An asset for local weather is http://www.wunderground.com for your local vicinity weather report.  It’s one of the few online weather sites that I have found to be consistently accurate.   Although clear skies are best for viewing – having a few clouds in the photograph can help ‘anchor’ the shot.  Scattered clouds are especially helpful when photographing from a large field an Aurora that is directly overhead and no tree tops are in view.



Take a Picture!  Take a Picture!!!


Catching a great picture of the Aurora Borealis is serious low light photography.  You are not going to ‘accidentally’ catch a photo that National Geographic will pay for their next cover on a Nokia cell phone camera.  Digital or film – the principals are the same – and each medium has an advantage and disadvantage to weigh.


Taking pictures suitable for marketing or for sale to a large circulation magazine requires you to shoot with a minimum 35mm when using film or 5mp and higher digital camera.    Consider shooting with both formats.  If you have a Canon 35mm and Canon Digital that use EF lenses the digital camera can give an instant reading of the required ISO to load into the film camera for that lens and exposure time to catch the action.  The digital camera is a bird dog – it catches some images and is used to ‘dial in’ your film camera.


The majority of us will probably choose between digital or film.  There’s a limit to how much equipment you can handle and remember to use in pitch black darkness.  Auroras are usually visible during the cold months of the winter.  Nearly all film and digital cameras are specified to operate at +32F to 104F typically.  Below 32F/0C you have issues of plastic and metal internal parts shrinking at unequal rates.  Plastics shrink the most with metals the least.  At -35F small internal plastic parts can shrink and fall out of place in a metal frame camera.  Cameras with high-tech hard plastic frames will compress against metal internal parts causing binding, excessive wear and early failures.  At low temperatures the internal factory lubricants turn to peanut butter consistency or worse, just go solid.  Film does not like coming out of the canister in one piece.  Ni-Cad and NI-MN batteries drain at an alarming rate.  Once drained no amount of warming will help them recover.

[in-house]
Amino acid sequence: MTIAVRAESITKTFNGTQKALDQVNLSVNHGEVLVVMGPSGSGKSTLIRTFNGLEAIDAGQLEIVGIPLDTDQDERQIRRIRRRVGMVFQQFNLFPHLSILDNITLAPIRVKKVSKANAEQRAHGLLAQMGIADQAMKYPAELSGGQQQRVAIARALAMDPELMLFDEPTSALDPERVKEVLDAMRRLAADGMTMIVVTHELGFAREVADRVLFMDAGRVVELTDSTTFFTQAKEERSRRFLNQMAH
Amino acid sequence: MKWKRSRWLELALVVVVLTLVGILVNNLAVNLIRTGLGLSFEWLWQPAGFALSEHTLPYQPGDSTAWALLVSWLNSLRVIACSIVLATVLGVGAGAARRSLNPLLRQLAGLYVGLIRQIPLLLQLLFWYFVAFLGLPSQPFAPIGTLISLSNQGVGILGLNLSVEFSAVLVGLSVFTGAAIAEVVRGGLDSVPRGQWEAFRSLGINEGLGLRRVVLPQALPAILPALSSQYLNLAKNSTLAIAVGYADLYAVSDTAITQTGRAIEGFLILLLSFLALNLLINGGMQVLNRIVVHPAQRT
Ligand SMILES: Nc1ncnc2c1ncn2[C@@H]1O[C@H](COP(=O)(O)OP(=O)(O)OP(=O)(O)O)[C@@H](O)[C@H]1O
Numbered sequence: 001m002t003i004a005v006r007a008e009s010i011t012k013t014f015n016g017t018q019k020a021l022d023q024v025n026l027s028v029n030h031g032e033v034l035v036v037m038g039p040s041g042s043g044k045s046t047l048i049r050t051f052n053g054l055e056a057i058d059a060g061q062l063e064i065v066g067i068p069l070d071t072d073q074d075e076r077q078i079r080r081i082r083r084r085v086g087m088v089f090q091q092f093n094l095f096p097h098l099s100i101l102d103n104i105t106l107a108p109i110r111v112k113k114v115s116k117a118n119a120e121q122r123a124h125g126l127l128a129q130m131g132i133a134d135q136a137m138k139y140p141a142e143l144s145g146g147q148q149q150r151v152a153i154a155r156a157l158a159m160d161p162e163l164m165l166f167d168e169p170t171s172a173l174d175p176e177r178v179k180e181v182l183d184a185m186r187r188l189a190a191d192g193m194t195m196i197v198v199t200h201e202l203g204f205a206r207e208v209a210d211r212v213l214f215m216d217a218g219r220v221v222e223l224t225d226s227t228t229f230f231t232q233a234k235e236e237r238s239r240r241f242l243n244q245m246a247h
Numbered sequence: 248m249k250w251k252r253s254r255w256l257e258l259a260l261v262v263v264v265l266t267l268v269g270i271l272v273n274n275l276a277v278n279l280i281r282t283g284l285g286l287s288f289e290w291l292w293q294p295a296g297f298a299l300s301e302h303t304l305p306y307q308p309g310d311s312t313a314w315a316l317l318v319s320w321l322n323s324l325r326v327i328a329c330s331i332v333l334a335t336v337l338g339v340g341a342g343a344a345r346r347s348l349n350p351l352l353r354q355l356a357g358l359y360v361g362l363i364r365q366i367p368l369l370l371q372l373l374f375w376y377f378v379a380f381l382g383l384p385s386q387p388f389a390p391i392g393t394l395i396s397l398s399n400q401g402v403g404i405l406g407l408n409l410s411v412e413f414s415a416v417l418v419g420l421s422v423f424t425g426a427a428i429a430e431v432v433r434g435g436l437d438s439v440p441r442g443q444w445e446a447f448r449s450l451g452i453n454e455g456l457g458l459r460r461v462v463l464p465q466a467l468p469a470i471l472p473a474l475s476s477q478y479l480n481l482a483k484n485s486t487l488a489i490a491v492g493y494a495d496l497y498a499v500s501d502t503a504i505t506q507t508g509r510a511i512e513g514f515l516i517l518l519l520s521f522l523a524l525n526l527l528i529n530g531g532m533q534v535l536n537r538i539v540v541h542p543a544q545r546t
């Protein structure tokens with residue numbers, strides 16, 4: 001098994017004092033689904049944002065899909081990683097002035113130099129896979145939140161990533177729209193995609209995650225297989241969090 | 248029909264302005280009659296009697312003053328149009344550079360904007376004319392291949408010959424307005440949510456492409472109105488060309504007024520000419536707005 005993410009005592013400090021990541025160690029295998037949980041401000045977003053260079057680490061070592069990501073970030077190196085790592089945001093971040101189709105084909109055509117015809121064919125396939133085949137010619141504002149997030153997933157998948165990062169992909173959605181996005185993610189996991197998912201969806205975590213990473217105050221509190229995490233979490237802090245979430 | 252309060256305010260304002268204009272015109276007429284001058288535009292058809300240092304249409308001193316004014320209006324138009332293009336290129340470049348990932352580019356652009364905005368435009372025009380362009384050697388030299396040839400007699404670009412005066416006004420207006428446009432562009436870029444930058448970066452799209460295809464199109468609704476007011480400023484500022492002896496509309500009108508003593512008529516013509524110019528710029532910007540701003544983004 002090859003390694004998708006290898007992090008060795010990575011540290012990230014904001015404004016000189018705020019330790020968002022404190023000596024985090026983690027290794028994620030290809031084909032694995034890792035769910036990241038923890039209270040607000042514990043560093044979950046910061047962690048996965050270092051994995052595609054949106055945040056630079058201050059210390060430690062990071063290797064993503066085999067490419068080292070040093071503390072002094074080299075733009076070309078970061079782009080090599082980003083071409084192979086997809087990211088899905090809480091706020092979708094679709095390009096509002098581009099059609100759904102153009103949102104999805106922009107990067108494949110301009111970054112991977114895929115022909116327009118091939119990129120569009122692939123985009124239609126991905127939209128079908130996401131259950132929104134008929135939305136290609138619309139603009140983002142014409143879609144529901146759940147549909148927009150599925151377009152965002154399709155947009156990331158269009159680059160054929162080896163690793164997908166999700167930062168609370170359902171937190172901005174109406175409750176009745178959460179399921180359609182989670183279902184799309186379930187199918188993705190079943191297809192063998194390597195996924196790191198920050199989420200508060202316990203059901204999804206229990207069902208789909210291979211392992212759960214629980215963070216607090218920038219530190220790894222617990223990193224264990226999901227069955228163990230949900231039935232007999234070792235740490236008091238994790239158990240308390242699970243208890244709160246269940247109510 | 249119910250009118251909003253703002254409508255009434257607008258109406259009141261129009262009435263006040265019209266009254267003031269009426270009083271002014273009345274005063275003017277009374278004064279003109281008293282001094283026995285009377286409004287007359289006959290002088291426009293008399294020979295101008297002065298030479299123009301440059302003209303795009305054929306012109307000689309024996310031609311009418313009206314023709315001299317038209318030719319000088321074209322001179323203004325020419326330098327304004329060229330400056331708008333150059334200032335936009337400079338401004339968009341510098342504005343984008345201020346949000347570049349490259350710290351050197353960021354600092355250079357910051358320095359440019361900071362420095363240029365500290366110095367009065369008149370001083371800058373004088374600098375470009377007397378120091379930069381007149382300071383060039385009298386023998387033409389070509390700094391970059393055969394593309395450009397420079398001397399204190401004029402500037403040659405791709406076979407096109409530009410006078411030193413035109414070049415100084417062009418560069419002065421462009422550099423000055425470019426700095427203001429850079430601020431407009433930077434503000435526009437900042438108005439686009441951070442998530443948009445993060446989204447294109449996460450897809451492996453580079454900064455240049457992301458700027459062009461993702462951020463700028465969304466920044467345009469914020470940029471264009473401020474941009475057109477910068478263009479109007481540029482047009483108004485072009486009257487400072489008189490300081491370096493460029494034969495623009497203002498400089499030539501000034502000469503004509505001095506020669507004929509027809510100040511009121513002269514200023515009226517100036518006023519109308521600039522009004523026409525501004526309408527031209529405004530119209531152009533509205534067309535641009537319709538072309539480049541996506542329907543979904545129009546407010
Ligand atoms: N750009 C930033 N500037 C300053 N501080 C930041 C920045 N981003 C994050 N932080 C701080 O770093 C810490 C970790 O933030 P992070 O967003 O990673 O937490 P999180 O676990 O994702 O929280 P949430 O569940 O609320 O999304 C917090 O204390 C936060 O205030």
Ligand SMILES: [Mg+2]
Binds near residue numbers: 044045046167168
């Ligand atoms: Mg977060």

That’s just the technical side of cold weather photography.  Auto focus can be fooled into accidentally locking onto your breath, car exhaust, or heat waves from machinery in front of it.  Any oils on the lens will attract your breath.  A slight amount of your breath can fog the lens and it will remain there all night, un-noticed, ruining all your takes.  It takes your eyes about 20 minutes to adjust to the darkness – you must know what every button on your camera does, and, where it needs to be set.  Two reasons - one, so you can use the feature and take better pictures.  Two – incase you accidentally hit the wrong button in the dark – you need to immediately know where to put it back to.


You need a good steady tripod.  Manfrotto Wilderness is a good choice.  It has retractable ice spikes, rubber coated so exposed skin does not stick to the cold metal, and it is strong enough to support a grown man from falling.

You need a camera that supports a remote shutter and the remote shutter that goes with it.  You will be taking time lapse images to capture the Aurora – some at 2 seconds and others as long as 30 seconds – it will be too cold to hold the shutter button down.  Your shivering will ruin the shot.  An IR is not going to be much help – the cold will effect the IR frequency and the cold will give early battery failure.  You need a cable release or an inexpensive wired release.  You don’t want the expensive release with a built in timer, LCD display or battery powered because you won’t be using the timer, the LCD doesn’t work in the cold, it’s too dark to read the LCD anyway and the battery will fail in the cold.